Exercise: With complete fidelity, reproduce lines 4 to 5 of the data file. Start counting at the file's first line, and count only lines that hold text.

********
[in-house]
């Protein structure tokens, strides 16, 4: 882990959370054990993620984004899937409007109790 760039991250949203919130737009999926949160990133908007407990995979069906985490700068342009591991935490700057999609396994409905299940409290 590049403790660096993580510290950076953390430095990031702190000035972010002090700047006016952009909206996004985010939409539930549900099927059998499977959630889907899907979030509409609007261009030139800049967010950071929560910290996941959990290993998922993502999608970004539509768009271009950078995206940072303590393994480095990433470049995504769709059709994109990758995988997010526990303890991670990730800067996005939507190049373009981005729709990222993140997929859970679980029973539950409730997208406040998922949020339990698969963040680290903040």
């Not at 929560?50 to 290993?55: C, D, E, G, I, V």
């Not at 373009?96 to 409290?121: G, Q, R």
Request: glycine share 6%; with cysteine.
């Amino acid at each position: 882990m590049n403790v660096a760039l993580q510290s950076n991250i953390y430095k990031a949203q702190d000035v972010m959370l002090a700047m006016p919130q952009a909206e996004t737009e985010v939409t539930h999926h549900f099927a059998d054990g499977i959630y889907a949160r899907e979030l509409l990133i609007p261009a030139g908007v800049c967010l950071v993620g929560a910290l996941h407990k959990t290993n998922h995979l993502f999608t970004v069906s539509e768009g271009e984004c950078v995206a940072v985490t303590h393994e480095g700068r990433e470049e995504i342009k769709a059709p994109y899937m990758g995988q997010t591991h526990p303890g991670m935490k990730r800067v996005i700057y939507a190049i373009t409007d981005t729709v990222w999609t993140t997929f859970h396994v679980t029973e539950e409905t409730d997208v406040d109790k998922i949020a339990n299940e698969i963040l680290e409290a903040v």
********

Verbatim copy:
């Not at 373009?96 to 409290?121: G, Q, R």
Request: glycine share 6%; with cysteine.